Album Reviews

Eileen Ivers

Beyond the Bog Road

Artist:     Eileen Ivers

Album:     Beyond the Bog Road

Label:     eOne Music

Release Date:     03/04/2016

88

Some have hailed Eileen Ivers as “the Jimi Hendrix of the violin,” and I can attest to her ability to work a live audience into frenzy. Her mission here, though, is both serious and ambitious. She focuses on the influences of the Celtic tradition on roots music, covering bluegrass, French Canadian, Cajun, Appalachian, as well as country and blues too. In her own words from the liner notes, self-producer Ivers says, “The recording started as an overview of the Irish immigrant experience from the devastating days of a pre-famine Ireland to the glorious ones of a surviving, thriving Diaspora. It is fascinating to see how Irish music has intertwined with other roots music and has become an essential part of today’s American tradition… During the course of this recording, my personal life’s roads infused the writing experience. The overlying theme of the recording became underpinned with personal anecdotes and much of the record developed into original compositions and original arrangements of traditional songs.”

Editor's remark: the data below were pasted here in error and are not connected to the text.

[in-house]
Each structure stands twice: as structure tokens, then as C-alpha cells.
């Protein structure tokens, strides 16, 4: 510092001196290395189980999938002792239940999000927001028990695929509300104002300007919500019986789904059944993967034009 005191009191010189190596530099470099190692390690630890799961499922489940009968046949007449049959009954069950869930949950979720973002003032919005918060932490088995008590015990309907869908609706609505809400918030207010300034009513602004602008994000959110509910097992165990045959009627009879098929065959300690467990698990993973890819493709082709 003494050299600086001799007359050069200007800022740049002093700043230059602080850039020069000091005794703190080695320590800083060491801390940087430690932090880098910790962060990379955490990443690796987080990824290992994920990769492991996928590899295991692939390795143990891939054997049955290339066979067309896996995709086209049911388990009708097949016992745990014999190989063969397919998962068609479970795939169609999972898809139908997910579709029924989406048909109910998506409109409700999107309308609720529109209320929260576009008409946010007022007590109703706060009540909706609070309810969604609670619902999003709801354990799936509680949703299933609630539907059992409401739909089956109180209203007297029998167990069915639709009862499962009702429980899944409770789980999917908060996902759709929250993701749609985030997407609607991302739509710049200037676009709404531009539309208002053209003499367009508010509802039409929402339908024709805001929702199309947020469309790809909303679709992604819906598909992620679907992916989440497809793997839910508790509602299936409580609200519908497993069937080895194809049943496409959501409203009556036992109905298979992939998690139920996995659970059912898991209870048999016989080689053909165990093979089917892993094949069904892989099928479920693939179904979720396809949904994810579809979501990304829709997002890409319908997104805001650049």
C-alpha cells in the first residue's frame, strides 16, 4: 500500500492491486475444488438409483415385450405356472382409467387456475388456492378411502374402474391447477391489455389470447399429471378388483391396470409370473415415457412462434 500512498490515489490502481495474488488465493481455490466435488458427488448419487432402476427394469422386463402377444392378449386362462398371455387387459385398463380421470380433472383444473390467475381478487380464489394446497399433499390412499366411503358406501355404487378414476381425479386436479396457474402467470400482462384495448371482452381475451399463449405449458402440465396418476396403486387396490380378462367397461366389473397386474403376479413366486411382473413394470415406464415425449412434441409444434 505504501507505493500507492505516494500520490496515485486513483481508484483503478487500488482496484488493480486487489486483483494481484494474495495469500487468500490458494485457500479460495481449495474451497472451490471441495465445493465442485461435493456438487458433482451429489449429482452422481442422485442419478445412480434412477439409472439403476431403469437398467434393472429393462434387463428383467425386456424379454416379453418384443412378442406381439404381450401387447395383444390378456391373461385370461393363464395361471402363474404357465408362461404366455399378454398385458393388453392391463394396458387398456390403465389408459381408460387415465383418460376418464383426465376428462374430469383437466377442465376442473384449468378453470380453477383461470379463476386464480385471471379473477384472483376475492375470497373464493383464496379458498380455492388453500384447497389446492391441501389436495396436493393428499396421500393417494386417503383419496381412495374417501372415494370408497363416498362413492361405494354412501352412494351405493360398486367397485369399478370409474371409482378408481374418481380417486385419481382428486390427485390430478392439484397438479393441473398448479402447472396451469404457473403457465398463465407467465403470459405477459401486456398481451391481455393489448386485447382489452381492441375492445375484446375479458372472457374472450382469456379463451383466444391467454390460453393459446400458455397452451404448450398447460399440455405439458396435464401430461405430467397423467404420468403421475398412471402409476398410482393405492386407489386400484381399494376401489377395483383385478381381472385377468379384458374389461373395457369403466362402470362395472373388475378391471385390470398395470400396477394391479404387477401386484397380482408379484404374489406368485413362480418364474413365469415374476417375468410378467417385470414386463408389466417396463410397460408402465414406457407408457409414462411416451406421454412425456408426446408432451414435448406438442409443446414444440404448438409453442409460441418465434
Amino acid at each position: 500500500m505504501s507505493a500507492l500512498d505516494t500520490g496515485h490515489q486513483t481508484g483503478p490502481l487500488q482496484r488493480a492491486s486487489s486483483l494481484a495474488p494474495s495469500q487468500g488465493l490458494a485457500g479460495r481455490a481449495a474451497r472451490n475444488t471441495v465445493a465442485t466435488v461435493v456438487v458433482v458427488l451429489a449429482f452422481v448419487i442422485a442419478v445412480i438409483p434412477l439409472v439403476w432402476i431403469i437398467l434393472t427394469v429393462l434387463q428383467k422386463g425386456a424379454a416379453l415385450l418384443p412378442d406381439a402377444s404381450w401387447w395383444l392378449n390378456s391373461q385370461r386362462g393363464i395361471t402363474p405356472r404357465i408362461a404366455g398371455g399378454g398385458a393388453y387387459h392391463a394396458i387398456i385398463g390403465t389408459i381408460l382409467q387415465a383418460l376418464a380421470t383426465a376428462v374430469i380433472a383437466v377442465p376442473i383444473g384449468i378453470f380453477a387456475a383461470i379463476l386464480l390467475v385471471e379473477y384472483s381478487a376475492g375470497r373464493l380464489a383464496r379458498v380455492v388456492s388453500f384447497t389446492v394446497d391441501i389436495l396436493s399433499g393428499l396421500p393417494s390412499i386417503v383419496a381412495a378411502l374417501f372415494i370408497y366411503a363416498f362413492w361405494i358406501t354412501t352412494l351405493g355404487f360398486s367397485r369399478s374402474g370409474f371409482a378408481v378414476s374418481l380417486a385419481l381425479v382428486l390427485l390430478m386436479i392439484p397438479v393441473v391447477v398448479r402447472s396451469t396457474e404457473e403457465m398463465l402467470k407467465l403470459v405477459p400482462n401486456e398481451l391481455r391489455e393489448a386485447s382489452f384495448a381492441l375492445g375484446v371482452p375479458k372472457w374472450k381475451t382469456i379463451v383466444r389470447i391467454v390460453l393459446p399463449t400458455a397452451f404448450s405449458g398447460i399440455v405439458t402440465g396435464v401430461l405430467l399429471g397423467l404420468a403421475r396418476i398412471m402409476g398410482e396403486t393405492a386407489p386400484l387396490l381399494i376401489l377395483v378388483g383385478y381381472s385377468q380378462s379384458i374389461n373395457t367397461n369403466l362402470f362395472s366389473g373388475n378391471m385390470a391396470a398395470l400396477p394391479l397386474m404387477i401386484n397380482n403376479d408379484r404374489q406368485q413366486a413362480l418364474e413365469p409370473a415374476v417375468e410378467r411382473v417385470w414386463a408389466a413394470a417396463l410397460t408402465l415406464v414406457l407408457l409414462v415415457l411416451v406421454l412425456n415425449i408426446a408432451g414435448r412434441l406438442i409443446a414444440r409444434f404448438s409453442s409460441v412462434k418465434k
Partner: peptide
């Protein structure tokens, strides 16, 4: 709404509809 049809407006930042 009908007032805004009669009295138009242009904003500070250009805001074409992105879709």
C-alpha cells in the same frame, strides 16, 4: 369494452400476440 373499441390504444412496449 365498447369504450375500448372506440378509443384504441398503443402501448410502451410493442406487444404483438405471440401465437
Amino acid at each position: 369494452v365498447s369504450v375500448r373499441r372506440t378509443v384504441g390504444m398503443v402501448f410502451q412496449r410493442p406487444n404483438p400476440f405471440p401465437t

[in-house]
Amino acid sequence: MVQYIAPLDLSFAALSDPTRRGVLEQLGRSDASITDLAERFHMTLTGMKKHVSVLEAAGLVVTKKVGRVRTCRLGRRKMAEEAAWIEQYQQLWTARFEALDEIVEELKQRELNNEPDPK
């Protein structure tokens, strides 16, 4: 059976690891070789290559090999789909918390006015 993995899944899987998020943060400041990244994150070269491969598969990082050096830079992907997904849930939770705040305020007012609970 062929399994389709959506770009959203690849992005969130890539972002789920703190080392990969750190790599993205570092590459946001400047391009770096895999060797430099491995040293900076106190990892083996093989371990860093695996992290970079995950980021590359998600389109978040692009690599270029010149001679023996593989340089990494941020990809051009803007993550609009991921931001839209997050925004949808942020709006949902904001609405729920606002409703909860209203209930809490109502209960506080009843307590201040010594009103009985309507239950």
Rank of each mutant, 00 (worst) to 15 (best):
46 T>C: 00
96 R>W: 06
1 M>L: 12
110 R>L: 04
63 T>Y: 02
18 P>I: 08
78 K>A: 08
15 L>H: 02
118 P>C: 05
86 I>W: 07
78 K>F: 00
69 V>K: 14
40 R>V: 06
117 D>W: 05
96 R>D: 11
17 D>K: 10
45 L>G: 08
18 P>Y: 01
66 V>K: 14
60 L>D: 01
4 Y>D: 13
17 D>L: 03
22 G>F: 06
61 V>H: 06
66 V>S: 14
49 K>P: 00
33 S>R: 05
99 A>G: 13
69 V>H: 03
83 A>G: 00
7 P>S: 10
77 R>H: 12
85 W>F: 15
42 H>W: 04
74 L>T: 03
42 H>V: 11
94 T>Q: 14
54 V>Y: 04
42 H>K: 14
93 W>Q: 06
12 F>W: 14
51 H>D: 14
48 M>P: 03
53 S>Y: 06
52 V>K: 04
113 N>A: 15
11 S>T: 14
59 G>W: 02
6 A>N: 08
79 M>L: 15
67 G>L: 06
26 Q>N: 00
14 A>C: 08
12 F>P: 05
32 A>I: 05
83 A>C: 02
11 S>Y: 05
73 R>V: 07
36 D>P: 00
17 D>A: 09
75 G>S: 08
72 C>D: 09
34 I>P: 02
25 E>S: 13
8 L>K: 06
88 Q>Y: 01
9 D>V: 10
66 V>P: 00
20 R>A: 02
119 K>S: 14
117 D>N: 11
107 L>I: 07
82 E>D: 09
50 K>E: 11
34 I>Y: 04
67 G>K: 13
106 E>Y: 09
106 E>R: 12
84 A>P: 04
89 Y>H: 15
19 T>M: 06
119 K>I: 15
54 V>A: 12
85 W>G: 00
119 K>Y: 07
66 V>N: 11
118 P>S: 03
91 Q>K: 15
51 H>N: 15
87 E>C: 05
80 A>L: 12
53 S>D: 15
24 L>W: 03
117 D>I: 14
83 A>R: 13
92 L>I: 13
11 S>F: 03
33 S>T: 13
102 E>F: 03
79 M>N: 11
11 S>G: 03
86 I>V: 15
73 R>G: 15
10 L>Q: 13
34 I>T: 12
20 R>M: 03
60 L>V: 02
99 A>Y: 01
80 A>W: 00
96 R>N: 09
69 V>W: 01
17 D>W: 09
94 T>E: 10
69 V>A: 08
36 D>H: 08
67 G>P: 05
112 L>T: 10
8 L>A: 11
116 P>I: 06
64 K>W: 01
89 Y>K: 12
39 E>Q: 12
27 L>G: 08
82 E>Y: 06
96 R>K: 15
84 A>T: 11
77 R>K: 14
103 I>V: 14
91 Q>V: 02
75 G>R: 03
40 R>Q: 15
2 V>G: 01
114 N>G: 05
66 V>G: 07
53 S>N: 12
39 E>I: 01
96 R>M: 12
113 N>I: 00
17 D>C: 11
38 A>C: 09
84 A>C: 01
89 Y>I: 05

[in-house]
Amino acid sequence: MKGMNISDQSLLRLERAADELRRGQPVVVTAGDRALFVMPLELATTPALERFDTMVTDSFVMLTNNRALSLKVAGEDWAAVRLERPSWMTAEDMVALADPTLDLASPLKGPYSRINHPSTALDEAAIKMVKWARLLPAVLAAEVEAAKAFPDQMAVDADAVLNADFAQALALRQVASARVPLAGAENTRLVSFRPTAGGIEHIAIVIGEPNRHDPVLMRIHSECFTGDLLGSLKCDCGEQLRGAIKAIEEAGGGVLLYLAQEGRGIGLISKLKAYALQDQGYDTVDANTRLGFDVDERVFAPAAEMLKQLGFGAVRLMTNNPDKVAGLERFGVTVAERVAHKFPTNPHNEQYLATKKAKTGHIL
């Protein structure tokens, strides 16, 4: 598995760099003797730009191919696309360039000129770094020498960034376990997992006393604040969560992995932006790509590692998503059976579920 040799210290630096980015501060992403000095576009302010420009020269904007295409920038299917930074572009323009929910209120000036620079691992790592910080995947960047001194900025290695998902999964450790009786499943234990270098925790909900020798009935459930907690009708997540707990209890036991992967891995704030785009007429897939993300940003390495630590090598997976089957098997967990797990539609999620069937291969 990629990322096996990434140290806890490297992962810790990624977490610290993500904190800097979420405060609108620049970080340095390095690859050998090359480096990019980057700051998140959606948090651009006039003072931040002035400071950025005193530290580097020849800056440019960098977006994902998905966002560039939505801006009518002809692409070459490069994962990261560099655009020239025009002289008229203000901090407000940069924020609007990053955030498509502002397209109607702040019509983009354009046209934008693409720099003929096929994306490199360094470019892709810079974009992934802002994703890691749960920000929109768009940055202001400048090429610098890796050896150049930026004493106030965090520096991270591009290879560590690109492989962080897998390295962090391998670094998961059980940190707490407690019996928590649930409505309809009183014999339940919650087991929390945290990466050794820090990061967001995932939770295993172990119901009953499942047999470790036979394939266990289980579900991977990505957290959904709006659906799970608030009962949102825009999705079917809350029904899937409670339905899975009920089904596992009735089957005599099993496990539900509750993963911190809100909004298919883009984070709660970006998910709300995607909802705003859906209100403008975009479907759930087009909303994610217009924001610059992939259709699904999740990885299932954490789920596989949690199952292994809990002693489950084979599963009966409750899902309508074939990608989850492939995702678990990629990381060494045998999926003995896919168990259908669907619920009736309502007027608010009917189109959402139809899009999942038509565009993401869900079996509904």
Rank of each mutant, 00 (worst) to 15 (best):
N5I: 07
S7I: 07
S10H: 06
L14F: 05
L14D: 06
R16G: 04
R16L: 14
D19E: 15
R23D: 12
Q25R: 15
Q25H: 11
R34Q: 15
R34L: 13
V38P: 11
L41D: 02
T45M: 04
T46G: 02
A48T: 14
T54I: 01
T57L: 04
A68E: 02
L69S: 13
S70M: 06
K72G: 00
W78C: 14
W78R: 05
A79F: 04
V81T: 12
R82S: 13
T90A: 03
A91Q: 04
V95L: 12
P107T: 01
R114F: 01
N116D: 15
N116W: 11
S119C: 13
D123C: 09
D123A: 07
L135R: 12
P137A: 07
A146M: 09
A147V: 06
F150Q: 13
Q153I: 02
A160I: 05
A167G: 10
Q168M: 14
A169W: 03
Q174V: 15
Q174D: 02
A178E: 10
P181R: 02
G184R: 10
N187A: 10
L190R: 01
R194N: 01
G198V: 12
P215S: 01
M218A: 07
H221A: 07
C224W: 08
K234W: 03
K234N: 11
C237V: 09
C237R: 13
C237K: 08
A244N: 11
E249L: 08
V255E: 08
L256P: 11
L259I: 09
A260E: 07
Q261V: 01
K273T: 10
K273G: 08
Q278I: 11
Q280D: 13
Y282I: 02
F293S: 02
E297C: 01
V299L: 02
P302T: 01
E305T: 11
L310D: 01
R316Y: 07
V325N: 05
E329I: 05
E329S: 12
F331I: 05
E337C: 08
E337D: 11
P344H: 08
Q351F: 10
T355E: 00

Recorded both in New York and Dublin, Eileen recruited American and Irish musicians. She plays fiddle on all tracks, overlaying her own banjo and mandolin on several as well. The opener, “Walk On,” features the compelling vocals of bluegrass New Found Road singer Tim Shelton. The lovely ballad, “Farewell My Love And Remember,” features voices of both Shelton and Niamh Parsons. “Crossroads” has the traditional Uilleaan pipes and low whistle. Deidre Brennan’s vocals begin “Linin’ Track” which morphs into a blues stomper as she is joined by the vocals and blues harmonica of Tommy McDonnell. “Green Fields of America” is another traditional ballad sung by Parsons. Tommy McDonnell returns for “Black Bottom,” citing the merging of Irish jig dancing with African-American tap dancing in New Orleans. These tunes are interspersed with instrumentals ranging from traditional Irish, to Cajun, to Acadian to bluegrass. The instrumentation and varying of the material is nicely done throughout. Get your Irish on – St. Patrick’s Day will be here soon.

– Jim Hynes

Got something to say?